"I don't think this episode is going to need much work," co-head writer Terry Grossman announces cheerfully on his way back to his office. "It got a good response at the table. We just have to cut it, smooth out transitions and clarify some story points. New jokes will be the tough thing." He anticipates a few hours' work.
"Early in the first season we were throwing out whole scenes," he recalls. "Now we know what works for each lady and what she does best. That's the advantage of being in the third year of the show. The disadvantage is that stories are harder to come by."
Grossman heads into the office he shares with his wife Speer, who is also his writing partner. They are in charge of the writing staff. "That means we are the two who get yelled at the most when something goes wrong," he jokes.
Also piling into the conference-sized room are supervising producers Barry Fanaro and Mort Nathan and producer Winifred Hervey. Despite their titles, Grossman explains, "We're all writers."
"We are the five most dull people," Nathan insists.
"We're much funnier on paper," Hervey adds.
These five, all in their 30s, met when they worked on "Benson," an earlier Witt-Thomas-Harris series. They have been with "Golden Girls" since the beginning, and every Monday they jointly rewrite the script being taped that week. They jokingly call themselves The Gang of Five.
While they start rewriting, the show's other five staff writers--Chris Lloyd, Jeff Ferro, Frederic Weiss, Robert Bruce and Martin Weiss--go back to their own offices to work on new scripts.
"To keep quality, you like as many writers as you can afford," Speer explains. "This year, we have six 'entities' (writing teams)--four sets of partners and two individuals. And we also use a few free-lance scripts each season."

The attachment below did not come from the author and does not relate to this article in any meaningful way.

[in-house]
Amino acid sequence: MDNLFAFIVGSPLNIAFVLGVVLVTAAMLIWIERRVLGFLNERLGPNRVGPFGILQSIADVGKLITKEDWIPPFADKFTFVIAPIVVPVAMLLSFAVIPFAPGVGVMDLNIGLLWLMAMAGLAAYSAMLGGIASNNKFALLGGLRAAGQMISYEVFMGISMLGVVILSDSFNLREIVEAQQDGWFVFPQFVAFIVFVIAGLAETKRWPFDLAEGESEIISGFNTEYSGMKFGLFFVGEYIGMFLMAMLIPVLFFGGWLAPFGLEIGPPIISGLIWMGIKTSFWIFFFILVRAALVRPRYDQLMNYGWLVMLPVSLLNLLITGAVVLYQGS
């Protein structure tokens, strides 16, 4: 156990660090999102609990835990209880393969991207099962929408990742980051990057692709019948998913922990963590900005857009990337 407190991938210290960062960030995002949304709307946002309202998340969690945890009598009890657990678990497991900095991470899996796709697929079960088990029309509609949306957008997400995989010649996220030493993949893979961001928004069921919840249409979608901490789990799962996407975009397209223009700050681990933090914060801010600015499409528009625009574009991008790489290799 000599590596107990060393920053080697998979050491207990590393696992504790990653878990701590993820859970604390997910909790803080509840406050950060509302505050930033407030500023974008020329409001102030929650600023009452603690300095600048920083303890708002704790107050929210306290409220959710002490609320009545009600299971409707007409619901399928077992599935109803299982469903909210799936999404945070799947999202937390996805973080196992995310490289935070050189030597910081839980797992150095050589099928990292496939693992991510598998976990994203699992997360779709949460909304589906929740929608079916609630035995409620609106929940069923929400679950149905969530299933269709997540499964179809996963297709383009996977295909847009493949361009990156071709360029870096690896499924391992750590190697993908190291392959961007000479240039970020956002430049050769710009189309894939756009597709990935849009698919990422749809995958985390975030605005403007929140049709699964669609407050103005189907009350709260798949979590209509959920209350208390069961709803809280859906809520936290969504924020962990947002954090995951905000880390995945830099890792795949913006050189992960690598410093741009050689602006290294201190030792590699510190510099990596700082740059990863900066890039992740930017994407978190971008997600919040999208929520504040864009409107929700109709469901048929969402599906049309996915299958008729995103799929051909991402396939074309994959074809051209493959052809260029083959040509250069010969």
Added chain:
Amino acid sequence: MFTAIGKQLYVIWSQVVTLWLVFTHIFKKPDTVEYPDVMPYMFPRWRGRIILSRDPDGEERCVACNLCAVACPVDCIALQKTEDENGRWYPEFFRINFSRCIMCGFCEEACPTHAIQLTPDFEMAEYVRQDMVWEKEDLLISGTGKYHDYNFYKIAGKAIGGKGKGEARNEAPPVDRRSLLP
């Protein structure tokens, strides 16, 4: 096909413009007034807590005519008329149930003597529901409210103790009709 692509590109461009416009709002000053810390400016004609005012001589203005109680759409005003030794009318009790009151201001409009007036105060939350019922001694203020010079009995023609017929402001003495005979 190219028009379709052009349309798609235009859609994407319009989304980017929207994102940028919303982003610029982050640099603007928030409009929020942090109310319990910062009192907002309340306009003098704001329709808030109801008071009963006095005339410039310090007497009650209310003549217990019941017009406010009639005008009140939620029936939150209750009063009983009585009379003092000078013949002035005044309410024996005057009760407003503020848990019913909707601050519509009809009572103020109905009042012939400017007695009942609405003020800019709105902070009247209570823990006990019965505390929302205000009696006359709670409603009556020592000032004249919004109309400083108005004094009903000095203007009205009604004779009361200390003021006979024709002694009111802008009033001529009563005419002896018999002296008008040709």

Approximately 25% of the show's budget goes to the writers, executive producer Tony Thomas says. Staff writers on a comedy series earn a weekly salary plus separate payments for completed scripts. A free-lance writer who does a story outline, a first draft and a second draft can earn about $11,000. (Note: All outside script submissions must come through agents.)
"A good comedy requires a lot of teamwork, a lot of people sitting in a room working together," Thomas emphasizes. "A good team is rare, but it's not extremely rare. It's like winning the NBA title. We had it in 'Soap,' and we had it for some years in 'Benson.' Obviously this is one of the most successful staffs we've ever put together."
Both Witt and Thomas deal with day-to-day details on "Golden Girls." Harris, who created the series, is less involved this season because, according to Thomas, "She is working on a feature for Disney with us. But she reads all the scripts and is familiar with most of the stories."